Or just get inside and have your indignation assuaged by genial, last-century opulence punctuated by decent slabs of sharp 21st-century technology. It may have what looks like a latest-gen Audi satnav, modern frigid zoned aircon and a Naim 2,200-watt, 20-speaker audio system (more of that later), but the Mulsanne still manages to be nothing other than a Bentley. Honestly, even though the Mulsanne’s interior may not be the last word in boundary-breaking design - it makes do with a traditional ‘T’ shape centre console that rides high in the waist and makes you feel as though you’re piloting a small library - it has the uncanny effect of making you very happy indeed. The kind of serotonin rush not induced by heroin, but the inhalation of almost overpowering leather smell. Chasing the bullock, rather than the dragon. Wood so deeply polished it looks endlessly 3D, bezels and knurls and organ stops for the vents that not only feel like metal in temperature, but have the heft and swing of real steel. No ‘metal effect’ here. With such stout attention to the interior tactility, it must weigh a bloody tonne.

Several tonnes. Actually two-point-six. Which is a smidge lighter than a well-specced outgoing Arnage, even with the dragging weight of gorgeous interior appointment. You look out and over a plain of bonnet, sighting down the (unfortunately optional) iconic flying ‘B’ some 30 yards out front. But where you think the Mulsanne is going to be a boat, it isn’t. Where you think the car is going to be wrestling the inevitable gods of momentum and heavy and enormous, it isn’t. Well, isn’t as much as it looks like it should be, anyway. Most of that has to do with the steering. There’s a very tricksy hydraulic system calibrated to filter out short, sharp amplitude movements, but still steer instantly when you make a defined and smooth input. This isn’t a variable rack - it’s only the power assistance that changes at speed - but a  clever tuning of the hydraulics.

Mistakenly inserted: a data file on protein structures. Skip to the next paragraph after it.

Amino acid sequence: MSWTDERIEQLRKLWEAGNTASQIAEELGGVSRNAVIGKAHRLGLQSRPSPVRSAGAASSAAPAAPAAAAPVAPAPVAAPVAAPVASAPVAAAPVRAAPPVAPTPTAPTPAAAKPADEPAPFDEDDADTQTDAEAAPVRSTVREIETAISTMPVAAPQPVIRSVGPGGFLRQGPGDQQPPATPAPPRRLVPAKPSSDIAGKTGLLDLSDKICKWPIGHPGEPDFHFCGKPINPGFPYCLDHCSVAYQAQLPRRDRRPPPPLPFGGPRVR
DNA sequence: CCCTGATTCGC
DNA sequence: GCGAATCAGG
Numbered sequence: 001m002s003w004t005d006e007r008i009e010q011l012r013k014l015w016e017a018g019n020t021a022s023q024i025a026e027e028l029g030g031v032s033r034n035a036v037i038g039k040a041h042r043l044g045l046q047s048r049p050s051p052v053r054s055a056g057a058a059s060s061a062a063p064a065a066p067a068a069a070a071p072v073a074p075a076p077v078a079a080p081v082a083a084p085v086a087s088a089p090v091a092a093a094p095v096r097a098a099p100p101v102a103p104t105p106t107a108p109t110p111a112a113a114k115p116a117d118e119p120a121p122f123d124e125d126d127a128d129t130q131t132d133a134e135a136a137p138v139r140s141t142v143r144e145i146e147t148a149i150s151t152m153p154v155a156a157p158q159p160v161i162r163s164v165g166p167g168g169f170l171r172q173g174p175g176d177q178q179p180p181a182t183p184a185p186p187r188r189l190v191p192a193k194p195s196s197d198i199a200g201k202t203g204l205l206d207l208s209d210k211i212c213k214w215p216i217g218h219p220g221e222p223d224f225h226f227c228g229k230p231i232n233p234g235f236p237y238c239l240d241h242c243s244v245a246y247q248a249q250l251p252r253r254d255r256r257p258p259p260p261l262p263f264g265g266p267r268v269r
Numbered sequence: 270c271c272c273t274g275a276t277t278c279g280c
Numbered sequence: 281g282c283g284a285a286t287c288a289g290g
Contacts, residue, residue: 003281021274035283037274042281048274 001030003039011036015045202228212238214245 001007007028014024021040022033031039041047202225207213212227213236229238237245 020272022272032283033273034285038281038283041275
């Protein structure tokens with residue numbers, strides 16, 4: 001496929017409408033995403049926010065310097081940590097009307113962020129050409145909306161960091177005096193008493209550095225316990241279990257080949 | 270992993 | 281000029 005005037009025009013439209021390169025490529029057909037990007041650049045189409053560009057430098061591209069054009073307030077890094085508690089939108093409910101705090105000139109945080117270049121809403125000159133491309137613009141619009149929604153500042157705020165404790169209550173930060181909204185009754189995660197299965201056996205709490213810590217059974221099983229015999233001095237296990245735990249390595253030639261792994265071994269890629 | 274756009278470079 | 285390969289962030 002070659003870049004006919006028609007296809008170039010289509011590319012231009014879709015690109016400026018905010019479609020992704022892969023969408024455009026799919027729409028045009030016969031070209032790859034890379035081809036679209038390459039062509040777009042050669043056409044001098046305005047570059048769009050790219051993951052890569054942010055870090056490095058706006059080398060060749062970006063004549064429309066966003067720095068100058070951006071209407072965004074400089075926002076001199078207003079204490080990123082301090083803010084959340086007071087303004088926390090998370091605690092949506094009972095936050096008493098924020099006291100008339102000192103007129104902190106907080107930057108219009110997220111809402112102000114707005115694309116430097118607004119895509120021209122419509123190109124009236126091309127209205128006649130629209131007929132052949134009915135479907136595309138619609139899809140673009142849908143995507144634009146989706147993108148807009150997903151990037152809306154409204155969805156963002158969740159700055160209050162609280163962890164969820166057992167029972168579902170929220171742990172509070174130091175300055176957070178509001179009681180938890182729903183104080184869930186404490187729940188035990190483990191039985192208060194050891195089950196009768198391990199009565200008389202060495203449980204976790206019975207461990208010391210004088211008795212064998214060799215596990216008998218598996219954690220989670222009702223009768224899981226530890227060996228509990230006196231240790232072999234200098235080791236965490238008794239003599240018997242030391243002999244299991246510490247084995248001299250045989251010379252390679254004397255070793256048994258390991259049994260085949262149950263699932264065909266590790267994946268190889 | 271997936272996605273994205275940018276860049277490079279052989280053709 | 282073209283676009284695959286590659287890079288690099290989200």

It works. It allows a linearity of input that means you can place the Mulsanne exactly where you want it on the road. You can also see the edges of the bonnet and the ends of things, meaning that although this is still a mighty big car, it’s also quite an easy one to thread through the real world. It might be big, but it’s not difficult. Of course, when you go fast, that’s even more of an advantage. And the Mulsanne can do fast with the best of them. Quite startlingly fast, actually. The raw numbers are 0-62mph in about 5.3 seconds, and an unlimited 184mph top end, but the delivery is pure Bentley and something to treasure. This car doesn’t rev so much as bellow, accelerate so much as fall up the road. The venerable 6.75-litre V8 twin turbo warbles away, producing 505bhp at 4,200rpm (the redline tops out at a meagre 4,500rpm) and 752lb ft from an idle 1,750rpm. I know, that’s a slew of numbers. But what it means is that the Mulsanne accelerates, puts on speed, in a very defined way. A very Bentley way. It’s like a very modern Arnage. But of course the Arnage was a bit of a dinosaur when the world was new, so the six-and three-quarter has been modified to be able to breathe 21st-century air.